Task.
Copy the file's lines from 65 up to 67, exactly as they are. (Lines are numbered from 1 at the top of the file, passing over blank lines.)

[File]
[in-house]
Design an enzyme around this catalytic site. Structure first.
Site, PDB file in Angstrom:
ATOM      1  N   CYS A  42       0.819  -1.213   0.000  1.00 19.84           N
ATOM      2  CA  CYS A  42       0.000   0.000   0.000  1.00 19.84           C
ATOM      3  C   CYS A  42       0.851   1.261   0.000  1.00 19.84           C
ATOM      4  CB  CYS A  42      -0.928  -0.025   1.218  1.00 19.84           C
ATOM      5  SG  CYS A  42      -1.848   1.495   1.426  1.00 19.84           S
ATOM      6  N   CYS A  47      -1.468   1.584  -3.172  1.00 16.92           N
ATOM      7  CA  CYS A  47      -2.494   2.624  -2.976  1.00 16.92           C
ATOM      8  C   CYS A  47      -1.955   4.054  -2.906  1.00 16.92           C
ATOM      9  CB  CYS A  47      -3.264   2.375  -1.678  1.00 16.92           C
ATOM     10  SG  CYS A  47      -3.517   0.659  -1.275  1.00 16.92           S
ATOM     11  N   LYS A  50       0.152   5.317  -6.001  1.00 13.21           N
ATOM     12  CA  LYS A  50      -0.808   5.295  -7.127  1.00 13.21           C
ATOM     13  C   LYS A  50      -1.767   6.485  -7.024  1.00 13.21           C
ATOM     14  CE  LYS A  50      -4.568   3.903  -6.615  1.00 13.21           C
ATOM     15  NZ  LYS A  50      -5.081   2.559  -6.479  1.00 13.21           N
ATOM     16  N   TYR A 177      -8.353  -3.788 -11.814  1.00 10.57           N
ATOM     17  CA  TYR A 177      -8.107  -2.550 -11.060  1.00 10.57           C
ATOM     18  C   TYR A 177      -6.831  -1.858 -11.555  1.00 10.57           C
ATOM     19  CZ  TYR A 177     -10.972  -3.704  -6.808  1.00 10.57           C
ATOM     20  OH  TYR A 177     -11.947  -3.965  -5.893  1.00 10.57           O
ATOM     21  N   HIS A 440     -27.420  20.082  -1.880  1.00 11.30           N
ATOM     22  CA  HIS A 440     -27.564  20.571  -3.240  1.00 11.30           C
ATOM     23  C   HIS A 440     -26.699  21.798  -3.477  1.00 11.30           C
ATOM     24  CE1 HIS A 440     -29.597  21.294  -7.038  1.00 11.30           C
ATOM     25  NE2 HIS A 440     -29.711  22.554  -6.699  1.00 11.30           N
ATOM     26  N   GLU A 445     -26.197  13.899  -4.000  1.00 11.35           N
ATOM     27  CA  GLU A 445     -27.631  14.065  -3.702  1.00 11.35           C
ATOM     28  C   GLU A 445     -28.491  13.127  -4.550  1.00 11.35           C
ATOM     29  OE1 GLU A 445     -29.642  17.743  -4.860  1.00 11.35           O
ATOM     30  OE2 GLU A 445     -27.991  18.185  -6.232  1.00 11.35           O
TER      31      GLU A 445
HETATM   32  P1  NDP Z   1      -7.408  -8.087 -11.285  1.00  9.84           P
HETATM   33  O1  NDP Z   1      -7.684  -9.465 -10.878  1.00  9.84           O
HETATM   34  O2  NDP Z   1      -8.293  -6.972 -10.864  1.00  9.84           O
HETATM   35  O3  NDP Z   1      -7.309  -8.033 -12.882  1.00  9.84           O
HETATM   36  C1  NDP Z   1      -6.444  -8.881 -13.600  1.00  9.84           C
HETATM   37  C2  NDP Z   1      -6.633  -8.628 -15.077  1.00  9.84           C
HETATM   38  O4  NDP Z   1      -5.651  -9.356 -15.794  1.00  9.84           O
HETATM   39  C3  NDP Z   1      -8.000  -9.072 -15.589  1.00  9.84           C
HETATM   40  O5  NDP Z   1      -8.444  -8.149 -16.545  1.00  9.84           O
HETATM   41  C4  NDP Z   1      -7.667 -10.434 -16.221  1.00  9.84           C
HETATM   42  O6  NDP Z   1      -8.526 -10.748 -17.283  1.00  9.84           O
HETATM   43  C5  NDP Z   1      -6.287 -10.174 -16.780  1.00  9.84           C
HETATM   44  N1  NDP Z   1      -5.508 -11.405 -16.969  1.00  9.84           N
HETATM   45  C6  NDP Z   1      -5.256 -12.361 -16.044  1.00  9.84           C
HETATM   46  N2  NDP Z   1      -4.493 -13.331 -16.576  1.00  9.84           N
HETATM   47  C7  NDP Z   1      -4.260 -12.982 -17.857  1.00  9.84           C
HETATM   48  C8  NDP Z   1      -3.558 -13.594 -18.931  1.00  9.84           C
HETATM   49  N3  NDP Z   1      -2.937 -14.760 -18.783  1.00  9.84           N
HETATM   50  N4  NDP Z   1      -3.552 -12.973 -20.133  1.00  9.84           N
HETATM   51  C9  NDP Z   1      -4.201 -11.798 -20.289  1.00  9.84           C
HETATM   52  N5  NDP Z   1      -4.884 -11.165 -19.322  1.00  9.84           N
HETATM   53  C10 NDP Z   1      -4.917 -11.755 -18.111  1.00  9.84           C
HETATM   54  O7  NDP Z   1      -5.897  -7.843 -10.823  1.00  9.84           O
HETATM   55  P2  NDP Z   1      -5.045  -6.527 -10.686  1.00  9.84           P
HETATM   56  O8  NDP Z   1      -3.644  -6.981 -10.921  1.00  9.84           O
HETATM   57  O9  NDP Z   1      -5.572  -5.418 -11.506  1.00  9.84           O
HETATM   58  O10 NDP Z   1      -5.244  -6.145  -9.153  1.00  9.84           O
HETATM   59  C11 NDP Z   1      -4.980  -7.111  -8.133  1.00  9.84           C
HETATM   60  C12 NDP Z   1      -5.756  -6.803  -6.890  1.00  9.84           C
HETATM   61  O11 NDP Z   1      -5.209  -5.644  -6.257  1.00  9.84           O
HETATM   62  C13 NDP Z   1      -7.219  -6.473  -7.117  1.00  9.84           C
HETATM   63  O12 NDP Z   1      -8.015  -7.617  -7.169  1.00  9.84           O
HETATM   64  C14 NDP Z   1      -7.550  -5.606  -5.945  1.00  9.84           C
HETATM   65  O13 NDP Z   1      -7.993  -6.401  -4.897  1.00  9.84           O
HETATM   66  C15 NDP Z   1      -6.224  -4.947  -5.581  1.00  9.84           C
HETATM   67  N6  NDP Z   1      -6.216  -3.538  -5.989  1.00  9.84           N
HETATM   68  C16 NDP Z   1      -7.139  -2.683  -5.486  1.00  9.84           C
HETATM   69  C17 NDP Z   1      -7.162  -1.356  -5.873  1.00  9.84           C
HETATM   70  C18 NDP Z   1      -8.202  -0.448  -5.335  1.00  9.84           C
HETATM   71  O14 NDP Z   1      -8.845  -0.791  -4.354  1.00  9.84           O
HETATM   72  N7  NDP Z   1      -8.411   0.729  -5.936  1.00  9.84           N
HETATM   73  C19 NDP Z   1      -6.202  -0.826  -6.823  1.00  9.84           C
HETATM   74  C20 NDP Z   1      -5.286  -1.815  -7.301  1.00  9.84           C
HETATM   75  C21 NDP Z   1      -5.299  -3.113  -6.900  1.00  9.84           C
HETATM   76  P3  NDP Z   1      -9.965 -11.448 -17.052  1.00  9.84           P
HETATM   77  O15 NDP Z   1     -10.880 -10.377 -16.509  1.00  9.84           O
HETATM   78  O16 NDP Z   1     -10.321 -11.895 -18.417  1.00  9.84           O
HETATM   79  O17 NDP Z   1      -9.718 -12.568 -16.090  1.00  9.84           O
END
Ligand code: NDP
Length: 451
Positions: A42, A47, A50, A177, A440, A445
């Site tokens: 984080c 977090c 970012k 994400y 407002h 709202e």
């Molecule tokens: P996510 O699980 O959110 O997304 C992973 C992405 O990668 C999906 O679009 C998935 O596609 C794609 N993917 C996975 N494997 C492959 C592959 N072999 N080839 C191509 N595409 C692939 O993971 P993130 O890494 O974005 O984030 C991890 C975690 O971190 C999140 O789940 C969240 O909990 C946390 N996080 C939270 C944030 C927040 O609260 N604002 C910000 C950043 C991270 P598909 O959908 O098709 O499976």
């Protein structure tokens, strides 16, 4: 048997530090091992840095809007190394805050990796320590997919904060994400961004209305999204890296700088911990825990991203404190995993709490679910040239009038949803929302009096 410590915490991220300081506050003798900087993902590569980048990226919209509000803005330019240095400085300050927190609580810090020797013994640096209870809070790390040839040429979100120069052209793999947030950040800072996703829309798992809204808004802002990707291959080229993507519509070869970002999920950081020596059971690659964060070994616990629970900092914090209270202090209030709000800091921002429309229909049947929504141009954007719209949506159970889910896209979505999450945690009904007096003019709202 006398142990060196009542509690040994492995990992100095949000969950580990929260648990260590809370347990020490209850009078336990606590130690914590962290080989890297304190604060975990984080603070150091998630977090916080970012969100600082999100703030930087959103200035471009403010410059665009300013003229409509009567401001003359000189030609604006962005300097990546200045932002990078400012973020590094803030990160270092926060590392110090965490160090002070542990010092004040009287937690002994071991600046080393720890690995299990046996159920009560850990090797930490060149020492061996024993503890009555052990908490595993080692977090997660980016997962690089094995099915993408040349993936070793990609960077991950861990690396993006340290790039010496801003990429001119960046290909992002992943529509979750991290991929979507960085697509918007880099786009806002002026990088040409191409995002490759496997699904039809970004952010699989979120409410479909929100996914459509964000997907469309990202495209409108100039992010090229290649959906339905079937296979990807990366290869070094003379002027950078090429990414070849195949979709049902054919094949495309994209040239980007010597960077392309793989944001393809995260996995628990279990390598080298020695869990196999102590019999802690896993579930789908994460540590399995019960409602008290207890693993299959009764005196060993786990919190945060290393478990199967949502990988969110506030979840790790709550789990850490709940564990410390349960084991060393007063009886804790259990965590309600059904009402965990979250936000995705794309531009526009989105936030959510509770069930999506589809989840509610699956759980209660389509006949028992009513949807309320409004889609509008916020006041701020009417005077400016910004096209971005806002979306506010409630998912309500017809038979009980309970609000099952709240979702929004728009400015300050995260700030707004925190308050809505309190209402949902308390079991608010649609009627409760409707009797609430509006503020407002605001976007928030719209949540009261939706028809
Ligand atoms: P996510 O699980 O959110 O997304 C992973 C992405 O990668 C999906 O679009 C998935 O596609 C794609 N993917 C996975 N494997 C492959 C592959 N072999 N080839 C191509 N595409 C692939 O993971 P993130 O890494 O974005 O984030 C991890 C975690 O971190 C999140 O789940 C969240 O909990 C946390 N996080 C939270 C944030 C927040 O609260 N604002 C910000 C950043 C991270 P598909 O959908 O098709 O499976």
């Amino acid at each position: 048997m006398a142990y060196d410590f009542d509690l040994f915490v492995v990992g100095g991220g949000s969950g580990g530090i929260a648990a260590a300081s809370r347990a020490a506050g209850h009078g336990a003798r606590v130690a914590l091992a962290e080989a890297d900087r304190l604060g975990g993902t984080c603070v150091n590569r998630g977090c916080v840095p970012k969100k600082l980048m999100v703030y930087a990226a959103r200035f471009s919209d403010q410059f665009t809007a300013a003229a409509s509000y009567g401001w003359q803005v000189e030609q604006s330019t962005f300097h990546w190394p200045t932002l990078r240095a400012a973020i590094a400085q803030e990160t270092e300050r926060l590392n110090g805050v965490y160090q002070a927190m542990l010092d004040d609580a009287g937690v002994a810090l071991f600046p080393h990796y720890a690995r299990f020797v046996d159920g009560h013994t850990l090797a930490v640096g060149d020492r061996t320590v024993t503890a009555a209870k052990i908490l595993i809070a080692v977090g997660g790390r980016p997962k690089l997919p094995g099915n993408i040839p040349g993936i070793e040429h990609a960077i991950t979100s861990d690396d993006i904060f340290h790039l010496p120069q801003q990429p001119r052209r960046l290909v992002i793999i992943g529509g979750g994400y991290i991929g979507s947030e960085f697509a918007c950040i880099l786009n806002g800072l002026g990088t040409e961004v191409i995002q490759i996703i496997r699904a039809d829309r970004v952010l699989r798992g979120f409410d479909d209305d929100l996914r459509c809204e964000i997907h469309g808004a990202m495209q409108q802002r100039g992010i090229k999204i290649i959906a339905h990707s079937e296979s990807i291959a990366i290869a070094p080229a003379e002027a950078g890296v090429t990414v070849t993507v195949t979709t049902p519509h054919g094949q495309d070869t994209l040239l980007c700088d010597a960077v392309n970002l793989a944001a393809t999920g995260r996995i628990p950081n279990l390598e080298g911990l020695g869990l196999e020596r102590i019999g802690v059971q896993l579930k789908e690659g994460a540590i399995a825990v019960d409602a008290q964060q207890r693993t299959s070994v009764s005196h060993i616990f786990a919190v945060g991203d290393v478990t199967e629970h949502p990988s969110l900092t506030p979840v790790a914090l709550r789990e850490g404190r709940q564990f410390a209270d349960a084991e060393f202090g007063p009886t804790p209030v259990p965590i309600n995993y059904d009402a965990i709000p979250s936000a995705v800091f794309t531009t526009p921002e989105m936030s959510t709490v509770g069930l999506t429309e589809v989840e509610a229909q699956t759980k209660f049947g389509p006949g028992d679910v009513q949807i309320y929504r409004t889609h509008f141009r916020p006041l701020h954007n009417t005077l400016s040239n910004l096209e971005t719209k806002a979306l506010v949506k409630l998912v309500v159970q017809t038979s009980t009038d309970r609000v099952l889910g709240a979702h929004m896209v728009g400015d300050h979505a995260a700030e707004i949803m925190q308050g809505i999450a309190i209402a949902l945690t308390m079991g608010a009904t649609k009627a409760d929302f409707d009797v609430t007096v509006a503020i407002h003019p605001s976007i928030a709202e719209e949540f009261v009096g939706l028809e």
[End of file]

HETATM   62  C13 NDP Z   1      -7.219  -6.473  -7.117  1.00  9.84           C
HETATM   63  O12 NDP Z   1      -8.015  -7.617  -7.169  1.00  9.84           O
HETATM   64  C14 NDP Z   1      -7.550  -5.606  -5.945  1.00  9.84           C